There’s no place like home.
But for Latinos, feeling at home in the Fraser Valley is not always so easy. Despite the number of residents who come from countries like El Salvador, Mexico and Brazil, there have typically not been a lot of places to buy Latino food, clothing, or art.
That has been changing with the creation of the Mercado Latino Society.
Margie Escalante-Naslund is president of the society and part of a five-member board. She had moved to a farm at the border of Aldergrove and Abbotsford just a few months before the pandemic hit, and changed everything.
She had been going across the border every other week to visit her mother-in-law and gather food supplies.
“There is a very limited amount of food products here,” she said. “It was a routine for me.”
When the border was closed, she was forced to look closer to home. And she realized quickly that she wasn’t alone.
Escalante-Naslund put the call out on Facebook for people making and selling Latin foods and goods, and was overwhelmed with the response.
“I started to get a huge influx of messages,” she said. “So I said, ‘I’m going to open up my driveway. Why doesn’t everyone come with a table. I’ll invite friends and family members and we’ll all buy from you.’ ”
They started that with 10 vendors, and now it has grown to a large group of 60 vendors and nearly 1,000 people in their Facebook group. They don’t have one specific place to shop; rather, they travel around the Fraser Valley, setting up together and supporting each other.
It’s not just about buying and selling either. The board is made up of Latino professionals who offer help with everything from understanding and filling out immigration papers to buying a home in Canada or starting a new business. They are now also a registered not-for-profit organization.
“We want to help the community grow,” she said. “We want to get people to know us; we are a big family. I think that’s the most beautiful thing about this.”
The local Latino community is made up of a diverse group of people, from those who are new to Canada to those who were born here. Latin regions run from the southern United States to the southern tip of South America, and the majority of people on the planet speak Spanish, Escalante-Naslund said.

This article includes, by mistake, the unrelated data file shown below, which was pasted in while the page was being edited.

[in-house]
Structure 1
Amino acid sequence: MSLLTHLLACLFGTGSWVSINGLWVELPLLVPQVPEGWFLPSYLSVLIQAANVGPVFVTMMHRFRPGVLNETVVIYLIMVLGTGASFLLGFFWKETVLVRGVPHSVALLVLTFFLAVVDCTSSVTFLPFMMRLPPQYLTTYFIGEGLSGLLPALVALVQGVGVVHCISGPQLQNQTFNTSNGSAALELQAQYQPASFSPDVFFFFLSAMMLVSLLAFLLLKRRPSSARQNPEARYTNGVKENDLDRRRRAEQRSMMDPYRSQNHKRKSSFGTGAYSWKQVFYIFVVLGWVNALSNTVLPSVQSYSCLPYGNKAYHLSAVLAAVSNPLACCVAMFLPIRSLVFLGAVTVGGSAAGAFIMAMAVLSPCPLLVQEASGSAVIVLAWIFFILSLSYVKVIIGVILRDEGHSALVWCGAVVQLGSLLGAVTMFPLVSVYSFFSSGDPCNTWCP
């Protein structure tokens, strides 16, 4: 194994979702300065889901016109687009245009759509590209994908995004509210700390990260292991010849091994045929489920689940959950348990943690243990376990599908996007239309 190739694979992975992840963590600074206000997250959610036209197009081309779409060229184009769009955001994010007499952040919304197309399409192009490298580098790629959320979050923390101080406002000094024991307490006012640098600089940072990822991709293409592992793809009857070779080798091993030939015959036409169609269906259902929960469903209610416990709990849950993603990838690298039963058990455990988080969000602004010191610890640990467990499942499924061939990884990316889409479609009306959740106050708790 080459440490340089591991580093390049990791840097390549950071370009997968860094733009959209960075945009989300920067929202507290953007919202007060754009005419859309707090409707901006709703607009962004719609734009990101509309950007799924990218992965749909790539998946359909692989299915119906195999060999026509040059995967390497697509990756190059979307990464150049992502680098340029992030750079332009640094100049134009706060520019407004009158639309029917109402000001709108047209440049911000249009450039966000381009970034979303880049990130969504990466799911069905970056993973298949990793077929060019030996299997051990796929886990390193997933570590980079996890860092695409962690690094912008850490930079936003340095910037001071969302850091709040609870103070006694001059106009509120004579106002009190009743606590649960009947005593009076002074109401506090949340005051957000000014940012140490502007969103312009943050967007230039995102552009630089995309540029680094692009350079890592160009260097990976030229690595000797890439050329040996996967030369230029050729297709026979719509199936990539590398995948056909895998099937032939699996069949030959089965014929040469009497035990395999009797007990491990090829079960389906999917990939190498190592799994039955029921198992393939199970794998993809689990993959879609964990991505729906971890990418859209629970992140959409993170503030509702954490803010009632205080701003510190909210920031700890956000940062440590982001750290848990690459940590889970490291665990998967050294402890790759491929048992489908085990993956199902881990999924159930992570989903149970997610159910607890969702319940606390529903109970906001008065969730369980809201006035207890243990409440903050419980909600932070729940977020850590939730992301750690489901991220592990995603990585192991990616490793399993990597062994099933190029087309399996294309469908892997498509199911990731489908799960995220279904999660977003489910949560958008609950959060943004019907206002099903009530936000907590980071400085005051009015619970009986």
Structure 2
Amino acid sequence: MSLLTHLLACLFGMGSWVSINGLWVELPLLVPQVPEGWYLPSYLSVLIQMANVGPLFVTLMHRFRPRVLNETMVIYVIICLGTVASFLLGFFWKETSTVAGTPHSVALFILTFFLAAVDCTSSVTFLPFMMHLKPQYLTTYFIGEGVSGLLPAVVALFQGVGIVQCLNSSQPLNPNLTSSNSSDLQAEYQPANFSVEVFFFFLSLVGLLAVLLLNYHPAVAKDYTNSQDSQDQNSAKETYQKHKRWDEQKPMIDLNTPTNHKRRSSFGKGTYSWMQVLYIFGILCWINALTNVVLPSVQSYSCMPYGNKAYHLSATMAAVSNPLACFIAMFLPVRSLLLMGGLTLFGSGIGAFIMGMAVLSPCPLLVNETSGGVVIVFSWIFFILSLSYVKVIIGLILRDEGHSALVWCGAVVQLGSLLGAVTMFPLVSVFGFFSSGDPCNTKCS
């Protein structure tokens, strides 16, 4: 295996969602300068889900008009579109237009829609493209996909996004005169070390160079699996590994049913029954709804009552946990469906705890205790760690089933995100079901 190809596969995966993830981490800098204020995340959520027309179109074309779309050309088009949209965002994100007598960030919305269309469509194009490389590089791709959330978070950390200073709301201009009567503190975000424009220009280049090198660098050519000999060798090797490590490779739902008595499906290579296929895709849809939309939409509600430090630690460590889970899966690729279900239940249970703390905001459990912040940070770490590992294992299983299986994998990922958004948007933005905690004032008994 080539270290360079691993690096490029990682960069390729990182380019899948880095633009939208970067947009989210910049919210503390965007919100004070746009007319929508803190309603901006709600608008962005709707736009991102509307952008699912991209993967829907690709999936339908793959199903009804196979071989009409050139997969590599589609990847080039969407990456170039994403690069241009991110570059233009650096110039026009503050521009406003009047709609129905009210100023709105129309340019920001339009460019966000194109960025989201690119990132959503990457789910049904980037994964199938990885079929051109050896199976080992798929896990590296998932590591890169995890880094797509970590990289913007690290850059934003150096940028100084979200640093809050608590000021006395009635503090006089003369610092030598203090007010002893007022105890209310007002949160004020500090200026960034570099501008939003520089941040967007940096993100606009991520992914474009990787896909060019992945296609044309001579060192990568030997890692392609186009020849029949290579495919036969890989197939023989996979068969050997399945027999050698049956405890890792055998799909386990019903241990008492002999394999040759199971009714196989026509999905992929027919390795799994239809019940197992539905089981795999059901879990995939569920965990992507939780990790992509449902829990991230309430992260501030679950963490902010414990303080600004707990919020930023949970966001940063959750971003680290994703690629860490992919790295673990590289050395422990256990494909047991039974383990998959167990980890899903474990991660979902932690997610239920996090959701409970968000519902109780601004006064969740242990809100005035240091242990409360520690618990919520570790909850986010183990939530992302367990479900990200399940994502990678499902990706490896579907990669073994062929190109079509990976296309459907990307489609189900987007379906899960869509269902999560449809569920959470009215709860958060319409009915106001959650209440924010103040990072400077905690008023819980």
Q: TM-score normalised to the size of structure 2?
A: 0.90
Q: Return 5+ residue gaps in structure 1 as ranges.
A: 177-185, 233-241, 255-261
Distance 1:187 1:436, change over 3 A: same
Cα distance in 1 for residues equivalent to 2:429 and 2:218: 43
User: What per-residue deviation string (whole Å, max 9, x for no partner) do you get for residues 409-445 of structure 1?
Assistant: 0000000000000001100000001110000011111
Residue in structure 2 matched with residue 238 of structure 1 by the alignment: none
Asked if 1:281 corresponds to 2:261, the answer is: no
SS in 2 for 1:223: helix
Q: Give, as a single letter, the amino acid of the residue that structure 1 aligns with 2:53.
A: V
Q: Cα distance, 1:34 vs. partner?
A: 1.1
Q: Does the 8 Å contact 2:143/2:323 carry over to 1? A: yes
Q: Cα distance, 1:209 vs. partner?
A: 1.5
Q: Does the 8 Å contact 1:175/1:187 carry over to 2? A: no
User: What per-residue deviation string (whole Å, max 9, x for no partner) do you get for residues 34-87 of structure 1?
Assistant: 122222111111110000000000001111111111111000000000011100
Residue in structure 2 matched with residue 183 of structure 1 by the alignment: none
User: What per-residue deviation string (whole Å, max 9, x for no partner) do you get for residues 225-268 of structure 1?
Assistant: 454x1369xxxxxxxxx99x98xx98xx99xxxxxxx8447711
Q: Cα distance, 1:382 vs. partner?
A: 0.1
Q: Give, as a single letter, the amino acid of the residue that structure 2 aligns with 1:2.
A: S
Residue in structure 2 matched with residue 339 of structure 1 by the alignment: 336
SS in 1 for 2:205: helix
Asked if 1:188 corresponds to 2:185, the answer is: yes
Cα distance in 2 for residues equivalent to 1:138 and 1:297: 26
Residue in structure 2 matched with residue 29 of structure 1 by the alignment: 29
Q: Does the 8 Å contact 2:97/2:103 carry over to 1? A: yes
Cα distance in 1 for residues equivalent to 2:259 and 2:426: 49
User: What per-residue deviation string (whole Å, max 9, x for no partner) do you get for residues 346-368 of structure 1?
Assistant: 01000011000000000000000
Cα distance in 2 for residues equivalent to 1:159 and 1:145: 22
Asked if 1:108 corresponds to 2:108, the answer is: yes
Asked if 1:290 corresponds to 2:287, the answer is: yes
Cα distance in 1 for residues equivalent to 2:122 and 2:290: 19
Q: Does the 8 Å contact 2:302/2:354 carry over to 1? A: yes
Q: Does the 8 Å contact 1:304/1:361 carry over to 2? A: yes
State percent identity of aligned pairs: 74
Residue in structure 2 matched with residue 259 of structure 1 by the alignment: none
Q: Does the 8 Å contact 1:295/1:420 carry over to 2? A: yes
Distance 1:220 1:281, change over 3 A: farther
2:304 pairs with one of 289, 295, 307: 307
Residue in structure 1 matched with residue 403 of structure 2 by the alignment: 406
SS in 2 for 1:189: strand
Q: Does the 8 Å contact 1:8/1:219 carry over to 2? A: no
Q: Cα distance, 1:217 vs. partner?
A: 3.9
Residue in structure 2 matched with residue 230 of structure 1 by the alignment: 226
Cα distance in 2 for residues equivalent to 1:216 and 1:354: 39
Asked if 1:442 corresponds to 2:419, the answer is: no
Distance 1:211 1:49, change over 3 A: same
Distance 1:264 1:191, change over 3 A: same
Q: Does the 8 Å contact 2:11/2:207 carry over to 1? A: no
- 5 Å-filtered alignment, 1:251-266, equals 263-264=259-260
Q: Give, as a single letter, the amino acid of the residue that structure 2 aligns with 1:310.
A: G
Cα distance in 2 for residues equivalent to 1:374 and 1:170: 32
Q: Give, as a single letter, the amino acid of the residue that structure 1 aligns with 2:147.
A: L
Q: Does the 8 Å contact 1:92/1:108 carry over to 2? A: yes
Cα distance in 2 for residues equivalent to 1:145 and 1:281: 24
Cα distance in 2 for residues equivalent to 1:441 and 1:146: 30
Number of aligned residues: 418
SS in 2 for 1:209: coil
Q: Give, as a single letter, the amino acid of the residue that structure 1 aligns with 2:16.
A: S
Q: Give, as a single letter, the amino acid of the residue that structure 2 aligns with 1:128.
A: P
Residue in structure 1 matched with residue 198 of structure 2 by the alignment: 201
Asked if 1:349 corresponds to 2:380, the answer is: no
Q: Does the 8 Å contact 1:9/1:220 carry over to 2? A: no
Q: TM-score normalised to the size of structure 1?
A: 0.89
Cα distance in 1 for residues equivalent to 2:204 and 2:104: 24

“And we have a huge community here,” she said, and they love sharing their various cultures with each other while lifting each other up.
There are so many different cultures that make up the Latin community, she said, and they love coming together for their markets.
They recently had a large area at the West Coast Women’s Show at Tradex and the Women’s Expo in Cloverdale.
They are often set up at the Fort Langley Lions Hall, and have one more market planned there this year, on Nov. 20.
Escalante-Naslund is hoping to one day see Abbotsford host a large Latin community party or festival to help honour this large segment of the population.
“My dream is to have a big community event where they close the streets,” she said. Latin culture is so colourful and musical, she said, and, of course, everyone loves the food.
“I’ve yet to meet someone who doesn’t love eating street corn,” she said, laughing.
But a true cultural day to celebrate Latin traditions would be more than just a chance to explore new foods. It would be a chance to show Latin people that they are valued and belong here, she said. While Latin Heritage Month has just ended, she is hoping that in the future, Abbotsford could be home to a bustling festival like they have in Vancouver.
“I know we’ve made a difference,” she said. “But I know we’ll have really made it when the city helps us with our events.”
To learn more about the Mercado Latino Society, visit mercadolatino.org on their Facebook or Instagram accounts.
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